Palin, Huckabee call Virginia voters
We told you yesterday that former Alaska Gov. Sarah Palin recorded a phone message encouraging Virginians to get out and vote on Tuesday.
Now, we have learned that a conservative group affiliated with former Christian Coalition founder Ralph Reed asked both Palin and former Arkansas Gov. Mike Huckabee to make calls to nearly 700,000 voters in Virginia.
The Huckabee calls were made Saturday and the Palin calls were made Sunday and today.
The recordings make no mention of Republican candidate Bob McDonnell, who has embraced Huckabee but distanced himself from Palin during the governor's race.
"Virginia, hello, this is Sarah Palin calling to urge you to go to the polls Tuesday and vote to share our principles," Palin said. "The eyes of America will be on Virginia and make no mistake about it, every vote counts. So don't take anything for granted, vote your values on Tuesday, and urge your friends and family to vote, too."
Tucker Martin, a spokesman for McDonnell, said the calls were not being made at the request of the campaign or the Republican Party of Virginia. He said the campaign had no firsthand knowledge of the calls.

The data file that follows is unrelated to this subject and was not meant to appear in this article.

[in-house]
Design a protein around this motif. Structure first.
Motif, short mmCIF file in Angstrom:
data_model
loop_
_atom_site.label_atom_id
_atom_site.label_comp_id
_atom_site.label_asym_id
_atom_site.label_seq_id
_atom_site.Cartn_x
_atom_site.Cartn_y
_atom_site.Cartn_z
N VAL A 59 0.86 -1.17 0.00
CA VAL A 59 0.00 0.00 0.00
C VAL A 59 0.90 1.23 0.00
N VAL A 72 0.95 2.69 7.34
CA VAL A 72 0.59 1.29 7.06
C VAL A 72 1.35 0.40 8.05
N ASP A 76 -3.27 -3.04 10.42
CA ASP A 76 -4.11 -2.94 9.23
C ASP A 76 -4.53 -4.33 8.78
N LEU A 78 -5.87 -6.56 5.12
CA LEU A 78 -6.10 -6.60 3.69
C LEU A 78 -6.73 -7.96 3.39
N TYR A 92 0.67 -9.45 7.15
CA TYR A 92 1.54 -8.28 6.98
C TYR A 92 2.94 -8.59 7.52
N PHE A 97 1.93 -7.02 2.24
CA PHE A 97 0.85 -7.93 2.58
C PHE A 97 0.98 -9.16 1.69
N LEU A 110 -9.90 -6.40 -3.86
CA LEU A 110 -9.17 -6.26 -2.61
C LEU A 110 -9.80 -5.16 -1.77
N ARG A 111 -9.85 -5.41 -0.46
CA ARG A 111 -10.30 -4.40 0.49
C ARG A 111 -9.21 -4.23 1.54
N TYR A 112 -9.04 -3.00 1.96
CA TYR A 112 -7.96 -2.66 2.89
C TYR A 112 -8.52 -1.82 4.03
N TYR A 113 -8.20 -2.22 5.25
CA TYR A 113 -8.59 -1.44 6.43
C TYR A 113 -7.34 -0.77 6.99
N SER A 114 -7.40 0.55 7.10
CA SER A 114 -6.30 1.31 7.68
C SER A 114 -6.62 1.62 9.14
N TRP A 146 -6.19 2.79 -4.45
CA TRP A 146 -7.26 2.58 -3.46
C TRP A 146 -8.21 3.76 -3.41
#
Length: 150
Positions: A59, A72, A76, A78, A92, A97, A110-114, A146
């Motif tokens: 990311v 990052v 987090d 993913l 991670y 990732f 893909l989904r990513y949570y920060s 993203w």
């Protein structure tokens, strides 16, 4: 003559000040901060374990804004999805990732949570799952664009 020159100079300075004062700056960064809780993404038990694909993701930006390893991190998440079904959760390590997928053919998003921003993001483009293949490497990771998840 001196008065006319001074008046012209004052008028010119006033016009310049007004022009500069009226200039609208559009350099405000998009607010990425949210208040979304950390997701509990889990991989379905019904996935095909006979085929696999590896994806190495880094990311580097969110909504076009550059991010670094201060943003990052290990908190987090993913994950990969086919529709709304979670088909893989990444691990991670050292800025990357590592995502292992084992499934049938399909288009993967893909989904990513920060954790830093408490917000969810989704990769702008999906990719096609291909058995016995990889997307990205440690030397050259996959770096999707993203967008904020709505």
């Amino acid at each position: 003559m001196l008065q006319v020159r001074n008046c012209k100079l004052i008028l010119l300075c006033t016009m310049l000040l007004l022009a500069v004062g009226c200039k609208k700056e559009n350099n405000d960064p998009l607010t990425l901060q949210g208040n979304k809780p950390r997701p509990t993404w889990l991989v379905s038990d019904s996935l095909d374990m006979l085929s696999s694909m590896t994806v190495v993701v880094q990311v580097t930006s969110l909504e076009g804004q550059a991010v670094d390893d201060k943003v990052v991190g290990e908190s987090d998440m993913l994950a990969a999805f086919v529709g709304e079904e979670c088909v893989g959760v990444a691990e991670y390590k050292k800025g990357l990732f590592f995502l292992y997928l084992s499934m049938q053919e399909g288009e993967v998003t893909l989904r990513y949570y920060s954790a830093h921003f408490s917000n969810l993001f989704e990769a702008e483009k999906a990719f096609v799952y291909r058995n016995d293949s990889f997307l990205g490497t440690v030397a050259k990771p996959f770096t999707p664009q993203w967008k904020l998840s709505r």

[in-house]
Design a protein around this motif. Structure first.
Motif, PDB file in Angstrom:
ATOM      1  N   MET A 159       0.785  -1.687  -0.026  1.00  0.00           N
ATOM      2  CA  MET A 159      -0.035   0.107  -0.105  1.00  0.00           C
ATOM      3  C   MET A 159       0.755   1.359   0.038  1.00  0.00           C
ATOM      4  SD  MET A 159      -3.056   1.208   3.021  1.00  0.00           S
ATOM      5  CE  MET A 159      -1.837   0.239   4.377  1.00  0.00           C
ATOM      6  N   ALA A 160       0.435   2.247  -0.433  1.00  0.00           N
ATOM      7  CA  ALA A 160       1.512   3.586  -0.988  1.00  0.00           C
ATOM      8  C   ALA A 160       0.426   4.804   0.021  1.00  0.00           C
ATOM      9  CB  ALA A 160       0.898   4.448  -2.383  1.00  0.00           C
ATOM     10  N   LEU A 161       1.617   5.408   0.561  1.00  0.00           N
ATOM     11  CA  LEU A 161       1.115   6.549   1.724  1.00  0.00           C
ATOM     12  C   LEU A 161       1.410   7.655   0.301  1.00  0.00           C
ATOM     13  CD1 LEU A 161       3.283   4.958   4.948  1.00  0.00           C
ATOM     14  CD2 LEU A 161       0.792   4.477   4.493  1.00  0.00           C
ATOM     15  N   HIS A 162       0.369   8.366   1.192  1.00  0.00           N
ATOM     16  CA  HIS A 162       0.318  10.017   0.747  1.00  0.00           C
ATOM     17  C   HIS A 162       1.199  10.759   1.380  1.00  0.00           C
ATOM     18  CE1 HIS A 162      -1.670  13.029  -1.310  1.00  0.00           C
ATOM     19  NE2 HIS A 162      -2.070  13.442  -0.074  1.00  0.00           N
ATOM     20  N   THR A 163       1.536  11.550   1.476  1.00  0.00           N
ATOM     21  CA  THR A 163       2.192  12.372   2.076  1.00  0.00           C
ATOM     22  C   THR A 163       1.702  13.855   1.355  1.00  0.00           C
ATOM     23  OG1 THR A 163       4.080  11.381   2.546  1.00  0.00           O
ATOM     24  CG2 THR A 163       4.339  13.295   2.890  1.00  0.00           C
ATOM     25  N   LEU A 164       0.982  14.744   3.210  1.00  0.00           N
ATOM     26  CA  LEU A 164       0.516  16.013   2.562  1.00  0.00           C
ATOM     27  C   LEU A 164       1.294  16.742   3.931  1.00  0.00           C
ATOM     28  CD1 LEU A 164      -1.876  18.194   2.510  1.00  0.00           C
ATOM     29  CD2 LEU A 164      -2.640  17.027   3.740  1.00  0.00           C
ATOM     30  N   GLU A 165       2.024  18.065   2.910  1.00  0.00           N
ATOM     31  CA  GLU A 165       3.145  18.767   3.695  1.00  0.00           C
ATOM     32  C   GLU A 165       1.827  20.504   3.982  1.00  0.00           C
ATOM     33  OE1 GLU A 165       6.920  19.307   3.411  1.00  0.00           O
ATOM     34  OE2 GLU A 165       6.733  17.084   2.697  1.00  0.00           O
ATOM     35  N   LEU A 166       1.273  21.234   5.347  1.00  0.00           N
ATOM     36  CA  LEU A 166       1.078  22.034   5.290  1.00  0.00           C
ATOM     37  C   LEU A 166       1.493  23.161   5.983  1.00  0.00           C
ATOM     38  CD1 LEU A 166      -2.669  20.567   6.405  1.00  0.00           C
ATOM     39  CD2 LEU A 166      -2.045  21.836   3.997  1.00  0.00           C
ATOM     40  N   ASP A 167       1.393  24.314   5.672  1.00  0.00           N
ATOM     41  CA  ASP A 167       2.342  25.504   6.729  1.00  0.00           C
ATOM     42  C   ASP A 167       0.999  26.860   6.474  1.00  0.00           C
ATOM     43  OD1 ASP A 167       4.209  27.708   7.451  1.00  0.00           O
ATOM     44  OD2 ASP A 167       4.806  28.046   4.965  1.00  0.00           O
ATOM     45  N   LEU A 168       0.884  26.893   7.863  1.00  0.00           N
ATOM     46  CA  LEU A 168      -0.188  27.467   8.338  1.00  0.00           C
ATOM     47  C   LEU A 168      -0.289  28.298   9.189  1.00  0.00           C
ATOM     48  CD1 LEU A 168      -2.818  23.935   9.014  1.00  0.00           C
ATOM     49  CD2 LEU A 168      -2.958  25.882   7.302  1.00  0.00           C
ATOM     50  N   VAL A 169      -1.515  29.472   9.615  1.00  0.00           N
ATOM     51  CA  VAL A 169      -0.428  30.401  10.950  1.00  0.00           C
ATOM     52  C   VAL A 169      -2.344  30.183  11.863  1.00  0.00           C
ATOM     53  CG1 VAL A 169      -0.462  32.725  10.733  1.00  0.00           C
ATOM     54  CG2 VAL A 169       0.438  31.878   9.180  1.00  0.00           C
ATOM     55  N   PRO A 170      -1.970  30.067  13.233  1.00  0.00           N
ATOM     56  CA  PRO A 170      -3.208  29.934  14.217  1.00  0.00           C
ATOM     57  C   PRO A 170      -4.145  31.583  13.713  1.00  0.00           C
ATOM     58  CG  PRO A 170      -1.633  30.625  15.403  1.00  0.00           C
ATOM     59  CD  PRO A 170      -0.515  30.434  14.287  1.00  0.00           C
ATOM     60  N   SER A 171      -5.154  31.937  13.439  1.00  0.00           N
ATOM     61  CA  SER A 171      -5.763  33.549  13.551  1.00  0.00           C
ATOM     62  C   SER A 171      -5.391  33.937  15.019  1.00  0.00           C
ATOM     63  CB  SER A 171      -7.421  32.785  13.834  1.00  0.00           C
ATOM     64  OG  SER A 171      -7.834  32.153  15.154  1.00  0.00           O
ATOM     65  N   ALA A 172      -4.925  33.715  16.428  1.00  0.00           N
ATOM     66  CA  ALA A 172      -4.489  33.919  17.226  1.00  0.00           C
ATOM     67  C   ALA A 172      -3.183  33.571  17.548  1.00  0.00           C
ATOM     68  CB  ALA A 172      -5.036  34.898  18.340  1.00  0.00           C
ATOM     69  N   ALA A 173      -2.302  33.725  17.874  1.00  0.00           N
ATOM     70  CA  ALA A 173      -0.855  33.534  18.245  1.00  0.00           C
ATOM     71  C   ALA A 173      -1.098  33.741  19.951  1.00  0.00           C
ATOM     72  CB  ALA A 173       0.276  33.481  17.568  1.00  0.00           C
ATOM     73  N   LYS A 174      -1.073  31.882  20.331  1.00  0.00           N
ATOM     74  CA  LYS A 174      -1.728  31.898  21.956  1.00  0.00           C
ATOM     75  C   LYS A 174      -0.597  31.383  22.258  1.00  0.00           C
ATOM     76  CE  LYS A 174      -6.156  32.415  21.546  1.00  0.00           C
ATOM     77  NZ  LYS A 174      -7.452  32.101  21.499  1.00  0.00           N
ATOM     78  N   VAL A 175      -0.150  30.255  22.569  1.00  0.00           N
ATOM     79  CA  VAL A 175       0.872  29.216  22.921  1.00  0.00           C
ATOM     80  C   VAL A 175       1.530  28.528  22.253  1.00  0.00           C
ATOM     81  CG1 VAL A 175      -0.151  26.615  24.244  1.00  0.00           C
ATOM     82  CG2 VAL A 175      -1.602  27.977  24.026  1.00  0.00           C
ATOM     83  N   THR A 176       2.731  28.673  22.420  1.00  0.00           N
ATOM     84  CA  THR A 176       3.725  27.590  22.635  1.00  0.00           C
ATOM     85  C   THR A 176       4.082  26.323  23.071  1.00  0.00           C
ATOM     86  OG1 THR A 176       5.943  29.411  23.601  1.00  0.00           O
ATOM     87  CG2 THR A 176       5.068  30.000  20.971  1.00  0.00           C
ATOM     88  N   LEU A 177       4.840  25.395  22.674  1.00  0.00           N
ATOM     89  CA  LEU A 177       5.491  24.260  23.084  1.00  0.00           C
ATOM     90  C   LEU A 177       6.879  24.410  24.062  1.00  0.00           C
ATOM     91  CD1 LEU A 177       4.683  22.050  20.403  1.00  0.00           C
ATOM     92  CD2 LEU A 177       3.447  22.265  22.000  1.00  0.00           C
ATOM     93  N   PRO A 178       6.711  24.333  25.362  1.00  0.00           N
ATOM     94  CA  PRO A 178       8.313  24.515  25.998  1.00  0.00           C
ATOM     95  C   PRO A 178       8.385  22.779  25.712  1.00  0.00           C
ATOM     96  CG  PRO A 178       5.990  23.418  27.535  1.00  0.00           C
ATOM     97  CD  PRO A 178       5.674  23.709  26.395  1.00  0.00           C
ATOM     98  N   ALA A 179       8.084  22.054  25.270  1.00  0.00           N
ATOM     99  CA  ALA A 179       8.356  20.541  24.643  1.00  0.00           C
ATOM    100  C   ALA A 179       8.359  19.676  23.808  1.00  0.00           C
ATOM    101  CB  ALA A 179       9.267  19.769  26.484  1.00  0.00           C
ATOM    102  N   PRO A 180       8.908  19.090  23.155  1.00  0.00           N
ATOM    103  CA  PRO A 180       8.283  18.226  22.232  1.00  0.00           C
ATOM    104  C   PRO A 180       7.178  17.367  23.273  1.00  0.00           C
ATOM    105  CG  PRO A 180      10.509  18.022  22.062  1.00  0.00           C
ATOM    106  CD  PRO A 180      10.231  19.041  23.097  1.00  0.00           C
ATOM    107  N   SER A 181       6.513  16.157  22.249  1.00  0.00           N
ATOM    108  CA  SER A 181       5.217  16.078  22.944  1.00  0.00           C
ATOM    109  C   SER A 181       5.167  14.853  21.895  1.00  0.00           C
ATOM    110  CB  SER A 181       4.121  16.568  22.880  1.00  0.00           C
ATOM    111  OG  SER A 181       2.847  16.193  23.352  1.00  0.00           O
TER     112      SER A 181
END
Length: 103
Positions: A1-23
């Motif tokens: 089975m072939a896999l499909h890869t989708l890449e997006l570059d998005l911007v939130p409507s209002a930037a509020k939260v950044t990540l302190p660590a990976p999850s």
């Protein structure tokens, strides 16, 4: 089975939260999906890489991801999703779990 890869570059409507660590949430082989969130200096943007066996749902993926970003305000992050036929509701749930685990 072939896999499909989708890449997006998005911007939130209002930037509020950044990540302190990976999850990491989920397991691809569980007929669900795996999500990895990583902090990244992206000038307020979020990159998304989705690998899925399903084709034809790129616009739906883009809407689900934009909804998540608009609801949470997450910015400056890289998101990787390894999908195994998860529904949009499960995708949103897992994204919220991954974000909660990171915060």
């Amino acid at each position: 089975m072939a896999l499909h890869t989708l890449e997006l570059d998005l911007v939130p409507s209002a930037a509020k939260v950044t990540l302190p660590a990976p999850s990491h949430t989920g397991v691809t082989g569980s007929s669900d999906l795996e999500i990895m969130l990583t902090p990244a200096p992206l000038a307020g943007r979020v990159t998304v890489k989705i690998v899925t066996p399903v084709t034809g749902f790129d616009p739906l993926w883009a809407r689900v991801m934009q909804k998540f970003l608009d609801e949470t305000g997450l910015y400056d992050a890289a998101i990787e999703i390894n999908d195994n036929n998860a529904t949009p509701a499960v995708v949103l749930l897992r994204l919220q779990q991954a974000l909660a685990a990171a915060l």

Almost all of the Republicans considered top candidates for a 2012 presidential run have made stops in Virginia this year to help McDonnell.
Huckabee attended several rallies with McDonnell in the spring in Bristol, Tazwell, Roanoke and Virginia Beach. He returned last week to host a fundraiser for McDonnell in Newsport News.
But McDonnell has made it pretty clear in recent months that he did not want Palin's help.
McDonnell repeatedly and personally asked Palin for help this summer, but by late August Palin learned that the McDonnell campaign no longer wanted her assistance, Palin aide Meg Stapleton told us a few weeks ago.
Palin drew enormous, enthusiastic crowds in Virginia while campaigning as Sen. John McCain's runningmate during the presidential election last year. But she is a polarizing figure that could turn off independent voters. In the summer, she drew criticism for abruptly resigning as governor and later insisting that the healthcare bill being considered by Congress would cause the creation of "death panels."
The get-out-the-vote calls are being paid for by the Virginia Faith and Freedom Coalition, the state chapter of a national conservative group with the same name that was founded by Reed.
Steve Martin, a spokesman for the Virginia chapter, said the group formed last fall under the name Virginians of Faith, but signed onto to Reed's group in the spring and changed its name. They have been registering people to vote through churches, e-mails and 650,000 pieces of mail.
In addition, the Christian Coalition also has enlisted hundreds of volunteers through churches to canvas neighborhoods and make calls encouraging Christians to vote Tuesday, spokeswoman Michelle Combs said.
November 2, 2009; 6:31 PM ET
Categories: 2009 Governor's Race , Anita Kumar , Creigh Deeds , Election 2009 , Robert F. McDonnell
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